2./ Download Apache  Hadoop - as of writing this article, 1.0.0 is the latest stable version of Apache Hadoop, that is what was used for testing purposes. I downloaded hadoop-1.0.0.tar.gz  and copied it into /home/ec2-user directory using pscp command from my PC running Windows:

c:\downloads>pscp -i mykey.ppk hadoop-1.0.0.tar.gz  ec2-user@ec2-176-34-201-185.eu-west-1.compute.amazonaws.com:/home/ec2-user

(the computer name above – ec2-ipaddress-region-compute.amazonaws.com – can be found on AWS EC2 console, Instance Description, public DNS field)

3./ Install Apache Hadoop:

As prerequisites, you need to have Java JDK 1.6 and ssh installed, see Apache Single-Node Setup Guide.  (ssh is automatically installed with Basic Amazon AMI). Then install hadoop itself:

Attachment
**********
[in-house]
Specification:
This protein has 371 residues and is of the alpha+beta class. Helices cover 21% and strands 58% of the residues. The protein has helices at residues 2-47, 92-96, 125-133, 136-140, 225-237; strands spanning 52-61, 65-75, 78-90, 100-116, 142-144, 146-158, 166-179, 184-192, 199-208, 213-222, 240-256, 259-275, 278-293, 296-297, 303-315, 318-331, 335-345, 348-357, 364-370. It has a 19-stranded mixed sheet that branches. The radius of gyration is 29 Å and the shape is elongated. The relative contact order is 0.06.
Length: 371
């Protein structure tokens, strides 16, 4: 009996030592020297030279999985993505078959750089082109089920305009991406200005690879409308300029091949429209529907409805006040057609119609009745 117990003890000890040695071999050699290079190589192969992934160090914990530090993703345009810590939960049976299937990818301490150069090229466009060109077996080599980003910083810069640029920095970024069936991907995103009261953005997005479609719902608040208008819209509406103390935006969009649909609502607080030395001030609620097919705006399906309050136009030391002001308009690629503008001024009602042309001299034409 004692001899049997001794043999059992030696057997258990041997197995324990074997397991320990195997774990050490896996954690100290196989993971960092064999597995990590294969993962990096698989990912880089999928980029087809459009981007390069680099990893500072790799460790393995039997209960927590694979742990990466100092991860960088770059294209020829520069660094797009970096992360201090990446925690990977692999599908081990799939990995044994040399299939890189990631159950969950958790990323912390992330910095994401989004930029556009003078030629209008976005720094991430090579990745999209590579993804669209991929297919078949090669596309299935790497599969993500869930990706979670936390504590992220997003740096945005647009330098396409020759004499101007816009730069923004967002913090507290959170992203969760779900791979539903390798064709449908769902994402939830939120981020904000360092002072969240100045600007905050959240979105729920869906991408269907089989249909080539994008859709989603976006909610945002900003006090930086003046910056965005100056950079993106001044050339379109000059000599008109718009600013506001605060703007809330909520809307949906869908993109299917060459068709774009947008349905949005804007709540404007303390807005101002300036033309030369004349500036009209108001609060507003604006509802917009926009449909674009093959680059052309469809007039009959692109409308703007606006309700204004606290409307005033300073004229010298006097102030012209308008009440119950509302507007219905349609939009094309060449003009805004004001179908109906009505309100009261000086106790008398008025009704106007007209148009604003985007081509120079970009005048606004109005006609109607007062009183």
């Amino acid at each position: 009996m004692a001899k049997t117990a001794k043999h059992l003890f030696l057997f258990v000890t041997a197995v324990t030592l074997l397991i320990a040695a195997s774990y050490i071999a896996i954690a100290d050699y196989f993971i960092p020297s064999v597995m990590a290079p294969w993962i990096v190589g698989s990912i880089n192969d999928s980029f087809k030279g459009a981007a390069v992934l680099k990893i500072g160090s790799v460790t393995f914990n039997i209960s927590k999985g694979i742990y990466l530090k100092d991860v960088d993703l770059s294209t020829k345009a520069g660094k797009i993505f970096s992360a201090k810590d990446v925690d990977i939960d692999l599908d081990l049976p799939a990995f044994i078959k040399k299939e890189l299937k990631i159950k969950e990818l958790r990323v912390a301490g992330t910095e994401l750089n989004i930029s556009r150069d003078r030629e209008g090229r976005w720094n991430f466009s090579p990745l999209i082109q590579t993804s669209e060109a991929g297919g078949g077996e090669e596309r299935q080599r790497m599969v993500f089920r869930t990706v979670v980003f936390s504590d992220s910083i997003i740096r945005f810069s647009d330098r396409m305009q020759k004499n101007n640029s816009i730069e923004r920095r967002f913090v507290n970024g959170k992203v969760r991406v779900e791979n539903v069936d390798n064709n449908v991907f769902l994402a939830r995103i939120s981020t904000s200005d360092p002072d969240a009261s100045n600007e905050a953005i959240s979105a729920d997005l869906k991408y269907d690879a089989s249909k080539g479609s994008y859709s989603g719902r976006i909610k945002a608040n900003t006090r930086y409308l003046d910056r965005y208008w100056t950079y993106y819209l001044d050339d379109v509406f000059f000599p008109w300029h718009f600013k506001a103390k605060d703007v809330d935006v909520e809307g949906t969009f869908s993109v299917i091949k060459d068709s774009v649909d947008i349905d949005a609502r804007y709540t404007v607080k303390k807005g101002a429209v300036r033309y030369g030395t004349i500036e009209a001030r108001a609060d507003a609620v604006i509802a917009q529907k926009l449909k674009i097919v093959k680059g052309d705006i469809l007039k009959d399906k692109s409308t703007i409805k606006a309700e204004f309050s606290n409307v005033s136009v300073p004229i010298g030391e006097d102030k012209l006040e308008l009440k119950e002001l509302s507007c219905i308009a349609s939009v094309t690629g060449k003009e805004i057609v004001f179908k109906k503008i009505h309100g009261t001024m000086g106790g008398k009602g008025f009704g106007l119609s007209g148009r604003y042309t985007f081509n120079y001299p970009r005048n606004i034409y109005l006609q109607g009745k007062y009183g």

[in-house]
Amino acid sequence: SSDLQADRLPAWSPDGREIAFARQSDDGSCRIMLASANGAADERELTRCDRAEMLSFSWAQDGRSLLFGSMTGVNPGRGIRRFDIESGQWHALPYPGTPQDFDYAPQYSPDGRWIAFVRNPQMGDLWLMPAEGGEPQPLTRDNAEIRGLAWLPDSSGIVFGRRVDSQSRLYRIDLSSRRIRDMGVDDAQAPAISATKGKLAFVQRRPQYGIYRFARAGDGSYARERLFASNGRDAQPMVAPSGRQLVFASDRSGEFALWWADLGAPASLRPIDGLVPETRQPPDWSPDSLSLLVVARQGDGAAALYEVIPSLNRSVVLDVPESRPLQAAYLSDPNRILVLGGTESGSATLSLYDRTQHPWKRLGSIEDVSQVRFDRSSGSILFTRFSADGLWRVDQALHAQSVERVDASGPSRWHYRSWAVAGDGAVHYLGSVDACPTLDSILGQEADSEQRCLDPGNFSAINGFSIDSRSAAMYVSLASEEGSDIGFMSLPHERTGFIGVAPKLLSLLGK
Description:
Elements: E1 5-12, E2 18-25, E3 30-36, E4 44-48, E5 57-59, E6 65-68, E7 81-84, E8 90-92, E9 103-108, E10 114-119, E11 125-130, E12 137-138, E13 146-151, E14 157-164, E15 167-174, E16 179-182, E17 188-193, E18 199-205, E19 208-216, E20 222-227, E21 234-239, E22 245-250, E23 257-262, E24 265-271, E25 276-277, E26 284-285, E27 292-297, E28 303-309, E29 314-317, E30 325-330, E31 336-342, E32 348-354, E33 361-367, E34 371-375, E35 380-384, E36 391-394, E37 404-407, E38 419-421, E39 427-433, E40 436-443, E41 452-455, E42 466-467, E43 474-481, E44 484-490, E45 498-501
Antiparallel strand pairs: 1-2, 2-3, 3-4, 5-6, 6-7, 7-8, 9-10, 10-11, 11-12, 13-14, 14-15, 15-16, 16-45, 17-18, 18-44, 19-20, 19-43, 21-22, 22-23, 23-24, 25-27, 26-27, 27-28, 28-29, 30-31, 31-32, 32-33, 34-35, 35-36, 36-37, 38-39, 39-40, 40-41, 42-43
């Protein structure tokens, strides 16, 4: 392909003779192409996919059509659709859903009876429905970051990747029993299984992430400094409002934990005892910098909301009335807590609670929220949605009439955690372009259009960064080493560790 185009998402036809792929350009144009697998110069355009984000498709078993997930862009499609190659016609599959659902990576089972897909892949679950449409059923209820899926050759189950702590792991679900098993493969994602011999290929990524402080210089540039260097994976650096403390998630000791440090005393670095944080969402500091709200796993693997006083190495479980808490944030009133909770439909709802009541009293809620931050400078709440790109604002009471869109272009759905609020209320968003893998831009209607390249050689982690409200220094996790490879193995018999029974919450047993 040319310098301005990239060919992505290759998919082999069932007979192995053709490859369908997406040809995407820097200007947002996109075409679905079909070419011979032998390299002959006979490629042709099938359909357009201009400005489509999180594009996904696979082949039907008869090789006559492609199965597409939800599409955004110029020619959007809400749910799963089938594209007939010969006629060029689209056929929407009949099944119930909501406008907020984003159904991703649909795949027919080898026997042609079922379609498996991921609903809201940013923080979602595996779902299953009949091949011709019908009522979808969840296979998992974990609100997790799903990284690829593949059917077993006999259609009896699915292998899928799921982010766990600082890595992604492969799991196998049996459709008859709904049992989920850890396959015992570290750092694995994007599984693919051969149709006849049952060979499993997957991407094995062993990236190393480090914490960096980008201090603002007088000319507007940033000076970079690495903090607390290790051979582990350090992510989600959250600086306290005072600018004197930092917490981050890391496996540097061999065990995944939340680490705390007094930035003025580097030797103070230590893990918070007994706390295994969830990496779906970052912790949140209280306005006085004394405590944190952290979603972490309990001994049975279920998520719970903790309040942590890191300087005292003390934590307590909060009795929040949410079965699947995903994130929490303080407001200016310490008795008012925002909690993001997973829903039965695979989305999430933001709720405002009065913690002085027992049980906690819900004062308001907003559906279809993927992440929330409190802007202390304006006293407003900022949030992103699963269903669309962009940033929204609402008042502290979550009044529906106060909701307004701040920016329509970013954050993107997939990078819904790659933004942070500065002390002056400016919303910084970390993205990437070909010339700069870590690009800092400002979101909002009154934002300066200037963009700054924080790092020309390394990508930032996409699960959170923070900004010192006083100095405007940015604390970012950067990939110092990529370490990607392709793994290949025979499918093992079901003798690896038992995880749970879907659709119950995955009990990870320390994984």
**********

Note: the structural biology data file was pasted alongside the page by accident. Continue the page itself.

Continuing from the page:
$ cd  ~   # change directory to ec2-user home (/home/ec2-user)

$ tar xvzf hadoop-1.0.0.tar.gz

$ ln -s hadoop-1.0.0  hadoop

$ cd hadoop/conf

$ vi hadoop-env.sh   # edit as below

export JAVA_HOME=/opt/jdk1.6.0_29

$ vi core-site.xml    # edit as below – this defines the namenode to be running on localhost and listeing to port 9000.

<configuration>
<property>
<name>fs.default.name</name>
<value>hdfs://localhost:9000</value>
</property>
</configuration>

 

$ vi hdsf-site.xml  # edit as below  this defines that file system replicate is 1 (in  production environment it is supposed to be 3 by default)

<configuration>
<property>
<name>dfs.replication</name>
<value>1</value>
</property>
</configuration>

 

$ vi mapred-site.xml  # edit as below – this defines the jobtracker to be running on localhost and listeing to port 9001.

<configuration>
<property>
<name>mapred.job.tracker</name>
<value>localhost:9001</value>
</property>
</configuration>

 

$ cd ~/hadoop

$ bin/hadoop namenode -format

$ bin/start-all.sh

At this stage all hadoop jobs are running in pseudo distributed mode, you can verify it by running:

$ ps -ef | grep java